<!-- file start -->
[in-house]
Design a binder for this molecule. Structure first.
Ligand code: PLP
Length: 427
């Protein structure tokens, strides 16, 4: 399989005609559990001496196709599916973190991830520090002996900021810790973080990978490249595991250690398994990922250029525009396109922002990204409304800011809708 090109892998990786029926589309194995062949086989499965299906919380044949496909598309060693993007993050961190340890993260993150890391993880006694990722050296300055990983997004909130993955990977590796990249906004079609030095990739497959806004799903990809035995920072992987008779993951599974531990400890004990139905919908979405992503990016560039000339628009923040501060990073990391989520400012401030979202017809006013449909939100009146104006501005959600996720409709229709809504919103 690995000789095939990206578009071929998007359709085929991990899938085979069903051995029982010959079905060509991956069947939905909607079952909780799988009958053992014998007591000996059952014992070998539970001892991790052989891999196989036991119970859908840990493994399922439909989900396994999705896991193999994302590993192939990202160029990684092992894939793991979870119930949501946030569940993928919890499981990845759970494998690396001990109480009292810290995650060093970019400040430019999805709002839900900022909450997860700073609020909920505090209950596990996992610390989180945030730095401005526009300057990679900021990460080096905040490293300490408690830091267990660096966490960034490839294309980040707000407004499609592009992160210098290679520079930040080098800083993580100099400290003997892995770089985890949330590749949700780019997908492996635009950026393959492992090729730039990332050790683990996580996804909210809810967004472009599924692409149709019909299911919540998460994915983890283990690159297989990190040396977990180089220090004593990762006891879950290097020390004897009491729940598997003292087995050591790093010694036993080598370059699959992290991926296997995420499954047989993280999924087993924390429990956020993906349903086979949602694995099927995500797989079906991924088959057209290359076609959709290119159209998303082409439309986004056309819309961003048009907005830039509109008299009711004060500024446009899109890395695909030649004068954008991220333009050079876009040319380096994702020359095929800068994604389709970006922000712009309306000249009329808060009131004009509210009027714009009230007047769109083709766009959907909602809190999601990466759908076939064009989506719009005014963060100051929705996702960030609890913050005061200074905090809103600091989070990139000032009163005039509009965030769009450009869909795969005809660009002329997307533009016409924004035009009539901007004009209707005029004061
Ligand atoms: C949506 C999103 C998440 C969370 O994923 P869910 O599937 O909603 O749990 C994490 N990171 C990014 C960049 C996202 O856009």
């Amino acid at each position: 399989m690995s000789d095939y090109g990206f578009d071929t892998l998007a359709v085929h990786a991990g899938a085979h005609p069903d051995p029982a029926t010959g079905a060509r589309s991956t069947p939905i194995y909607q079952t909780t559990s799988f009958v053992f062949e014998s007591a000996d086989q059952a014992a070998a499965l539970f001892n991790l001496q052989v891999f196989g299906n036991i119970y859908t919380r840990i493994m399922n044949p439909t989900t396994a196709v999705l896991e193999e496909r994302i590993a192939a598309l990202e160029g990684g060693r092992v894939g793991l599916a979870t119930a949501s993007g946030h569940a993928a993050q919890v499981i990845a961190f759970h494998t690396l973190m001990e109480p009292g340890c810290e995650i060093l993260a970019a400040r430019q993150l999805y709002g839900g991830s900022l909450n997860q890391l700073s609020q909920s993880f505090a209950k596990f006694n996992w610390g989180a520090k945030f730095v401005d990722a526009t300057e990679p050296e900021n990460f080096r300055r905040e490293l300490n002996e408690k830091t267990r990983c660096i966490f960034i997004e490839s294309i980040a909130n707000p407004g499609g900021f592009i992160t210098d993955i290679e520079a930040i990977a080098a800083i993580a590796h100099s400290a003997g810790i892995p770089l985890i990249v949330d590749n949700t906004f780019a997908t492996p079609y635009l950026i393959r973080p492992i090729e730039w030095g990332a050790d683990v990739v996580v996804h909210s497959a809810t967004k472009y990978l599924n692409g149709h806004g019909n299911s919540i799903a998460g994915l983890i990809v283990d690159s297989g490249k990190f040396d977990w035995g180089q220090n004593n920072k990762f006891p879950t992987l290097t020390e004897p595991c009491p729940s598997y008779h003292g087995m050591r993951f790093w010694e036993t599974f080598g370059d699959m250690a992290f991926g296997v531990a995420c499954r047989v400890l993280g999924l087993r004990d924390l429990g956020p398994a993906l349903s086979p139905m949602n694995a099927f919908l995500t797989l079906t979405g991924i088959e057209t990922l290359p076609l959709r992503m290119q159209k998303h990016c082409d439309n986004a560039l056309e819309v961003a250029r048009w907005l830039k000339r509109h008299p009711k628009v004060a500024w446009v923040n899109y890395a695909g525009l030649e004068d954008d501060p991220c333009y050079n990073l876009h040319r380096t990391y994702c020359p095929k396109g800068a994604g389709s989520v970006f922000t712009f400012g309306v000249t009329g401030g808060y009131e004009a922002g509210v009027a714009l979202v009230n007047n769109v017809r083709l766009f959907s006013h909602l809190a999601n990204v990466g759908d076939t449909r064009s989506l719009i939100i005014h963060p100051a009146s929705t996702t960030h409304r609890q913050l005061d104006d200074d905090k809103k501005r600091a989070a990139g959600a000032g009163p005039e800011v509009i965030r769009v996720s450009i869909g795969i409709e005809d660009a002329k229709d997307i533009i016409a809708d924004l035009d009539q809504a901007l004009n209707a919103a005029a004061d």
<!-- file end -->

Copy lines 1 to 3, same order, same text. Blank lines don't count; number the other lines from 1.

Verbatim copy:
[in-house]
Design a binder for this molecule. Structure first.
Ligand code: PLP